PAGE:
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UV Protection

Protecting the skin outdoors from the harmful effects of Ultraviolet (UV) radiation are known to decrease the risk of skin cancer, similarly it is vitally important to protect the eyes from the harmful effect of UV. 80% of the information we process through our lifetime is received through our eyes, the most important of our senses. The sun's primary danger is in the form of ultraviolet (UV) radiation. Artificial sources, like welding machines, tanning beds and lasers, can also produce UV radiation. Extended exposure to the sun's UV rays has been linked to eye damage, including cataracts, pingueculae, pterygia and photokeratitis that can cause temporary vision loss. New research suggests the sun's high-energy visible (HEV) radiation (also called "blue light")may increase your long-term risk of macular degeneration.

Solar radiation that reaches the surface of the eye is focused and concentrated by the cornea, the clear outermost layer of the eye. Studies show that this UV radiation, which can reach the eyes from above, below and the sides, may cause changes to the tissue on the opposite side of the eye. Small tissue elevations, called pingueculea and pterygia are common in areas where there is a high degree of UV radiation. This UV radiation can also damage the sensitive skin of your eyelids. Certain medications, such as tetracycline, sulfa drugs, birth control pills, diuretics and tranquilizers, can increase your body's sensitivity to UV and HEV radiation. Surprisingly, cloud cover doesn't affect UV levels significantly. Your risk of UV exposure can be quite high even on hazy or overcast days.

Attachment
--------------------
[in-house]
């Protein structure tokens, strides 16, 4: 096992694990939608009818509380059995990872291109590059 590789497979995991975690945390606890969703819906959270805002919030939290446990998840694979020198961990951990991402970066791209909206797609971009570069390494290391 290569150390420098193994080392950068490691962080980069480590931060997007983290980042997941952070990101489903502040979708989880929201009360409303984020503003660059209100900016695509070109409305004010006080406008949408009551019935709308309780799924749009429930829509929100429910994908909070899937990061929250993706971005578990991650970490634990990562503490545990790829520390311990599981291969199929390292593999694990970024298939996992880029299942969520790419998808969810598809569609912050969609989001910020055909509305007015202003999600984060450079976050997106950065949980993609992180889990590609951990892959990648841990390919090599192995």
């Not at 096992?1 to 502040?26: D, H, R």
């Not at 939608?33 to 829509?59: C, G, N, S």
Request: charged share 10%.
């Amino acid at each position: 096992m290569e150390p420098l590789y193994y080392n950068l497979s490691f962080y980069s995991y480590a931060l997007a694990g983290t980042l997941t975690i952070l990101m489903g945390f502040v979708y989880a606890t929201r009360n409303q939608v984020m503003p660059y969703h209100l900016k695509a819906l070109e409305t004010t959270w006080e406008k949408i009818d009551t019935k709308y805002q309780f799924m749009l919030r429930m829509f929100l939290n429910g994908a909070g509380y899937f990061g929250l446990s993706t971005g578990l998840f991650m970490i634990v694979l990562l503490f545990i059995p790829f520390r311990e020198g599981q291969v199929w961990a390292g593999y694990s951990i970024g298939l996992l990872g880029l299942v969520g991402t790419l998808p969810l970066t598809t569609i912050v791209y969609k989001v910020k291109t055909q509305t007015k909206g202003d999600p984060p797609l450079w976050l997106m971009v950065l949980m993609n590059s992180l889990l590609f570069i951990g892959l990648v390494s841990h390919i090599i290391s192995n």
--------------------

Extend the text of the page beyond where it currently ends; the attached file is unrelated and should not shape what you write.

Although UV protective coating layers can be applied to clear spectacle lenses, to best protect your eyes from the sun's harmful UV and HEV rays, always wear good quality sunglasses when you are outdoors. Look for sunglasses that block100 percent of UV rays and that also absorb most HEV rays. Your eyecare practitioner can help you choose the best sunglass lenses for your needs.

The damage to our eyes and skin from solar UV radiation is cumulative, meaning the danger continues to grow as we spend time in the sun throughout our lifetime. With this in mind, it's especially important for kids to protect their eyes from the sun. Children generally spend much more time outdoors than adults. In fact, some experts say that because children tend to spend significantly more time outdoors than most adults, up to half of a person's lifetime exposure to UV radiation can occur by age 18. (Other research cited by The Skin Cancer Foundation says slightly less than 25 percent of our lifetime exposure to UV radiation is sustained during childhood.) Children are also more susceptible to retinal damage from UV rays because the lens inside a child's eye is clearer than an adult lens, enabling more UV to penetrate deep into the eye. For this reason, make sure your kids' eyes are protected from the sun with good quality sunglasses. Also, encourage your child to wear a hat on sunny days to further reduce UV exposure.

Some contact lenses offer additional protection. These contact lenses absorb UV radiation by reducing the amount of radiation that reaches the surface of eye. The contact lenses also protect the eye from the radiation that comes from above or around the sides of sunglasses. Even though your contact lenses block UV rays, you still need sunglasses. UV-blocking contacts shield only the part of your eye under the lens. UV rays still can damage your conjunctiva, (the white parts of your eye), and other tissues not covered by the lens. Wearing sunglasses protects these delicate tissues and the skin around your eyes from UV damage.

UV Radiation Checklist

UV Radiation Levels

If you can answer "yes" to one or more of the following questions, you could be at higher risk for harm to the eyes from UV radiation:

  1. Do you spend a great deal of time outdoors?